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Symptoms and investigative findings in 145 patients with tuberculous peritonitis diagnosed by peritoneoscopy and biopsy over a five year period.
  1. A Manohar,
  2. A E Simjee,
  3. A A Haffejee,
  4. K E Pettengell
  1. Department of Medicine, (Gastrointestinal unit), University of Natal/King Edward VIII Hospital, Durban, South Africa.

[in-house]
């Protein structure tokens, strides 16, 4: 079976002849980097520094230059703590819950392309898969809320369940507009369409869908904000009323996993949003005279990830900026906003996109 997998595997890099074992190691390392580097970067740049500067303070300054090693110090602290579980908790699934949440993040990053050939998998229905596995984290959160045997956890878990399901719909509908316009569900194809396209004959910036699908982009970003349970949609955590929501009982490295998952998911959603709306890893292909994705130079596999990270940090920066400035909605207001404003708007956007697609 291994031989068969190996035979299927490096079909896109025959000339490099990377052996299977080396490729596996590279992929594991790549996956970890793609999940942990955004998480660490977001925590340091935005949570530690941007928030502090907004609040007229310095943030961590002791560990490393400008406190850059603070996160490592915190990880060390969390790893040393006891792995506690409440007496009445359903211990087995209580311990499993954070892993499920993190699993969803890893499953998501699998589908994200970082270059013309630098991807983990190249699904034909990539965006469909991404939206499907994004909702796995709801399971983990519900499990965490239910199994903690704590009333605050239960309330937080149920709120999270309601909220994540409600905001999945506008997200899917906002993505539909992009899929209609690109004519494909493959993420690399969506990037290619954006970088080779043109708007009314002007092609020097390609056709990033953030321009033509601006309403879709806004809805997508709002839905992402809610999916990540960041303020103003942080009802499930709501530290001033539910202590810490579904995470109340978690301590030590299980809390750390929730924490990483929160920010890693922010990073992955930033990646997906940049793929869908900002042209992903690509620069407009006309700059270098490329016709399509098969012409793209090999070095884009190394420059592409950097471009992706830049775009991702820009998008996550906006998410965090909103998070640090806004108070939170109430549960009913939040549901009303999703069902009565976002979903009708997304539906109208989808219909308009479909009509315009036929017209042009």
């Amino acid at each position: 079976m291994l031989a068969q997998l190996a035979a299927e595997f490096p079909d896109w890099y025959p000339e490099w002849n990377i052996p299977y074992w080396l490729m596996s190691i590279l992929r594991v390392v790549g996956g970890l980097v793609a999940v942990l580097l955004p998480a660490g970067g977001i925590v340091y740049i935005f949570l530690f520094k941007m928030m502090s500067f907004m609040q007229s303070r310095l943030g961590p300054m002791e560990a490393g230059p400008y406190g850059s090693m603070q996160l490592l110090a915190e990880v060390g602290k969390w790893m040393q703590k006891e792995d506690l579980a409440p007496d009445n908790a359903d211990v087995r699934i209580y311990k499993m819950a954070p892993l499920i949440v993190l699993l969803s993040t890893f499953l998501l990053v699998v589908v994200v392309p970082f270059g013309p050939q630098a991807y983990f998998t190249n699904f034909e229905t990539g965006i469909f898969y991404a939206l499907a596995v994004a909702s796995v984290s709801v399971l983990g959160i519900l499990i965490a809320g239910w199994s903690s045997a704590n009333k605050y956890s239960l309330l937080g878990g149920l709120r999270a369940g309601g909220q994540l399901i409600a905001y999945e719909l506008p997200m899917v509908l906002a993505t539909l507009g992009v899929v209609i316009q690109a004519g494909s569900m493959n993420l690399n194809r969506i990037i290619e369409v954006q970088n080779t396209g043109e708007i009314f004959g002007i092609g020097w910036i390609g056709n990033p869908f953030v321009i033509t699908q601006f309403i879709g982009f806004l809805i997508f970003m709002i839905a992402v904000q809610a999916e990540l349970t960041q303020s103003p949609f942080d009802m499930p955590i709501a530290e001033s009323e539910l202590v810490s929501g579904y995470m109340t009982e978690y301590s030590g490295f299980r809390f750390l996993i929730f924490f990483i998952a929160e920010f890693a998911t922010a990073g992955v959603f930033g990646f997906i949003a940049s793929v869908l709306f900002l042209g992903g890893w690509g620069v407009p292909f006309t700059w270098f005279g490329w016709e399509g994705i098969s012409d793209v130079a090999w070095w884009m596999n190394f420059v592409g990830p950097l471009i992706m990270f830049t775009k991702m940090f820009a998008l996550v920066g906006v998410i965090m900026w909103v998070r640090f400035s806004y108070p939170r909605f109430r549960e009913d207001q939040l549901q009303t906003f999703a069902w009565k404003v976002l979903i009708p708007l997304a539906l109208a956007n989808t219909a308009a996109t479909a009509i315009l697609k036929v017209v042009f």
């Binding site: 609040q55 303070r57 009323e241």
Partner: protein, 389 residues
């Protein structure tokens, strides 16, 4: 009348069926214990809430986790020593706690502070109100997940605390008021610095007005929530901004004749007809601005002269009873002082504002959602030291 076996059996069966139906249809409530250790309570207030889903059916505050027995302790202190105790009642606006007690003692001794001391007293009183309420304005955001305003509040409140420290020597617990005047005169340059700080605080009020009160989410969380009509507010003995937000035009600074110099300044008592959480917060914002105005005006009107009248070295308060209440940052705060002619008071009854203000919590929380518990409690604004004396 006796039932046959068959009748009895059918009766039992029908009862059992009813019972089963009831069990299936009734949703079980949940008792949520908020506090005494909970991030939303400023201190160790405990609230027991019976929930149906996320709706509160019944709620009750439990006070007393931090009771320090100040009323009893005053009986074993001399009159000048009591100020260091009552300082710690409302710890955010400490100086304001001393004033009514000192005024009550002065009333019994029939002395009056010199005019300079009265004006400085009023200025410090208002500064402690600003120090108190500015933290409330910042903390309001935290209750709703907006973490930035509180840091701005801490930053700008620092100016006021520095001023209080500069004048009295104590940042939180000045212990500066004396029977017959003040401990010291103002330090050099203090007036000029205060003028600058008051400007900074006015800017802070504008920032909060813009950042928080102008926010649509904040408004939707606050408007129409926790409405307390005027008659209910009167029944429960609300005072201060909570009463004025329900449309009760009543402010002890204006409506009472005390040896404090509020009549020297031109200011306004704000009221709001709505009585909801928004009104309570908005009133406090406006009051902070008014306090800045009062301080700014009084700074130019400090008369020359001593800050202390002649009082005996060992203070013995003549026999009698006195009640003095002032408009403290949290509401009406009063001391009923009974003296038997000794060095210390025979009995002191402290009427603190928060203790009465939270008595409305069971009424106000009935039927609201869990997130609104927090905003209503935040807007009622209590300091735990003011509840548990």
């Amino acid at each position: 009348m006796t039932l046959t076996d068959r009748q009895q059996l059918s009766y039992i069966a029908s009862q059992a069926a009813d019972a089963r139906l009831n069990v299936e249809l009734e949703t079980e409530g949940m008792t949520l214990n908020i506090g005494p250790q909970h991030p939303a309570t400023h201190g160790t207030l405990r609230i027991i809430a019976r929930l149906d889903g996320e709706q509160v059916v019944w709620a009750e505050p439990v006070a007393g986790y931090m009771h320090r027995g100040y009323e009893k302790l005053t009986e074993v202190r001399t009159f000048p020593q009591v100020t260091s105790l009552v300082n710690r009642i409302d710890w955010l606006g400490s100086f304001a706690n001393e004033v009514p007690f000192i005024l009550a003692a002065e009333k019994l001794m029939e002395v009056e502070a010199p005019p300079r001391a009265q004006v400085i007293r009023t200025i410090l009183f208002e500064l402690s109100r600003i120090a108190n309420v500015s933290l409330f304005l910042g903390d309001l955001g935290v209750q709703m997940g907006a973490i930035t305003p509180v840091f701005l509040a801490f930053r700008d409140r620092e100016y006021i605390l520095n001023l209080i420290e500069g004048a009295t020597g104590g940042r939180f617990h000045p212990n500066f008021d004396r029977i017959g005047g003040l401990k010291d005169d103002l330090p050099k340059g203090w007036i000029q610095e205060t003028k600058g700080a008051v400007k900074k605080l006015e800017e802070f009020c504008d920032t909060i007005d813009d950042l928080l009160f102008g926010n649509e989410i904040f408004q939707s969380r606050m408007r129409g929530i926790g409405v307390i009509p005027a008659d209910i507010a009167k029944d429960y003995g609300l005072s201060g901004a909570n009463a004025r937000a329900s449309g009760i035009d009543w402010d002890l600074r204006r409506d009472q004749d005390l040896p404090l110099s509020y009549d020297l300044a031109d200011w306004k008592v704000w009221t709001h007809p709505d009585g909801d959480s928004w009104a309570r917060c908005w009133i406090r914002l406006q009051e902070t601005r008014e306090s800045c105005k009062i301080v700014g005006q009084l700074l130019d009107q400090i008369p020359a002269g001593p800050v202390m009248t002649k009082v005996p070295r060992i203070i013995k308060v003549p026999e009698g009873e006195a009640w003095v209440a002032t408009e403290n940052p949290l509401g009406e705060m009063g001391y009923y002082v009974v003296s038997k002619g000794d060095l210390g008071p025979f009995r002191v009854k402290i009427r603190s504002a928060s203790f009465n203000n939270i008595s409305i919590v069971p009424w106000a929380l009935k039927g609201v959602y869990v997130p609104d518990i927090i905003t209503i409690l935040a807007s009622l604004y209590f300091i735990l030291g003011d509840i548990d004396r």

This study analysed clinical features and laboratory investigations in 145 patients with tuberculous peritonitis diagnosed by peritoneoscopy at this hospital between 1984 and 1988. Tuberculous peritonitis was found in 2% of all patients with tuberculosis and in 59.8% of all those with abdominal tuberculosis admitted to the hospital during the study period. Tuberculous peritonitis was more common in women than men (1.4:1) and was most frequently encountered in the third and fourth decades of life. The commonest presenting symptoms were abdominal swelling (73.1%), fever and night sweats (53.8%), anorexia (46.9%), weight loss (44.1%), and abdominal pain (35.9%). The mean duration of symptoms was 1.5 months. Ascites was the commonest (95.2%) physical sign. Tuberculin skin testing was positive in 57.6% of patients (n = 118). The mean erythrocyte sedimentation rate was 75 mm/1st hour (n = 58). Chest radiography on 98 patients showed pleuropulmonary pathology in 40 patients (40.8%). Sputum examination confirmed active pulmonary tuberculosis in 26 patients. The ascitic fluid was an exudate in 96.4% and a transudate in 3.6% of patients, with 91.3% showing a straw coloured ascites. Cirrhosis, detected by biopsy specimen, was a finding in 6.2% of patients.

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